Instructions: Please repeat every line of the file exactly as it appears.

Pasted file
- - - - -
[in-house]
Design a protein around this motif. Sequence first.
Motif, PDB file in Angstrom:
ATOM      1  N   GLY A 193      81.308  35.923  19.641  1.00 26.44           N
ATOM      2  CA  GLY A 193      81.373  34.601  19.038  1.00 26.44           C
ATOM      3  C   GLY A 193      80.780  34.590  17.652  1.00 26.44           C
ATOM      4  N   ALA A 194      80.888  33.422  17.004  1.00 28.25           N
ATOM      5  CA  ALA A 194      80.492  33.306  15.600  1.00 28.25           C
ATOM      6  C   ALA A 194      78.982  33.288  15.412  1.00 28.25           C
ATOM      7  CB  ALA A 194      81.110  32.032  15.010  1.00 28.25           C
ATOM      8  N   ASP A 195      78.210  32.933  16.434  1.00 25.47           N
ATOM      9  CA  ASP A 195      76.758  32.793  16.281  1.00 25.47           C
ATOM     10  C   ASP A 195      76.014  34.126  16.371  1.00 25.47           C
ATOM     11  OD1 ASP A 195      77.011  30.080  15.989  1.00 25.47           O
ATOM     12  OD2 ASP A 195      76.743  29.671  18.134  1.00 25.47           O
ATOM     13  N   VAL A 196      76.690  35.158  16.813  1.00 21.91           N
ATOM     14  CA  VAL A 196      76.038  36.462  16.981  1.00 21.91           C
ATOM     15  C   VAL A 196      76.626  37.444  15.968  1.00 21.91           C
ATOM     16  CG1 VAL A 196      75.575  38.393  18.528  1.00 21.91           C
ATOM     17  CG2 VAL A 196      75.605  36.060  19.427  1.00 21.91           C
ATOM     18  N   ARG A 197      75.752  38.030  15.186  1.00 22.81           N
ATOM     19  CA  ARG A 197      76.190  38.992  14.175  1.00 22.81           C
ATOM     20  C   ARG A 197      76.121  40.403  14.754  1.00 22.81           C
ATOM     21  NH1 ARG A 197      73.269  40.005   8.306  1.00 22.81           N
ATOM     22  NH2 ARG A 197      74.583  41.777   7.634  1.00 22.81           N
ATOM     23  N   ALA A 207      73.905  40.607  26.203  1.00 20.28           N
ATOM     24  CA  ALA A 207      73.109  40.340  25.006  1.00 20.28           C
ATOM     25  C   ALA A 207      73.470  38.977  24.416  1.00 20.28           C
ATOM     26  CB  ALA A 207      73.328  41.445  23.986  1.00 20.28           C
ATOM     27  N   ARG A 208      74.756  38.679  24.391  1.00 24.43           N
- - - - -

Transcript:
[in-house]
Design a protein around this motif. Sequence first.
Motif, PDB file in Angstrom:
ATOM      1  N   GLY A 193      81.308  35.923  19.641  1.00 26.44           N
ATOM      2  CA  GLY A 193      81.373  34.601  19.038  1.00 26.44           C
ATOM      3  C   GLY A 193      80.780  34.590  17.652  1.00 26.44           C
ATOM      4  N   ALA A 194      80.888  33.422  17.004  1.00 28.25           N
ATOM      5  CA  ALA A 194      80.492  33.306  15.600  1.00 28.25           C
ATOM      6  C   ALA A 194      78.982  33.288  15.412  1.00 28.25           C
ATOM      7  CB  ALA A 194      81.110  32.032  15.010  1.00 28.25           C
ATOM      8  N   ASP A 195      78.210  32.933  16.434  1.00 25.47           N
ATOM      9  CA  ASP A 195      76.758  32.793  16.281  1.00 25.47           C
ATOM     10  C   ASP A 195      76.014  34.126  16.371  1.00 25.47           C
ATOM     11  OD1 ASP A 195      77.011  30.080  15.989  1.00 25.47           O
ATOM     12  OD2 ASP A 195      76.743  29.671  18.134  1.00 25.47           O
ATOM     13  N   VAL A 196      76.690  35.158  16.813  1.00 21.91           N
ATOM     14  CA  VAL A 196      76.038  36.462  16.981  1.00 21.91           C
ATOM     15  C   VAL A 196      76.626  37.444  15.968  1.00 21.91           C
ATOM     16  CG1 VAL A 196      75.575  38.393  18.528  1.00 21.91           C
ATOM     17  CG2 VAL A 196      75.605  36.060  19.427  1.00 21.91           C
ATOM     18  N   ARG A 197      75.752  38.030  15.186  1.00 22.81           N
ATOM     19  CA  ARG A 197      76.190  38.992  14.175  1.00 22.81           C
ATOM     20  C   ARG A 197      76.121  40.403  14.754  1.00 22.81           C
ATOM     21  NH1 ARG A 197      73.269  40.005   8.306  1.00 22.81           N
ATOM     22  NH2 ARG A 197      74.583  41.777   7.634  1.00 22.81           N
ATOM     23  N   ALA A 207      73.905  40.607  26.203  1.00 20.28           N
ATOM     24  CA  ALA A 207      73.109  40.340  25.006  1.00 20.28           C
ATOM     25  C   ALA A 207      73.470  38.977  24.416  1.00 20.28           C
ATOM     26  CB  ALA A 207      73.328  41.445  23.986  1.00 20.28           C
ATOM     27  N   ARG A 208      74.756  38.679  24.391  1.00 24.43           N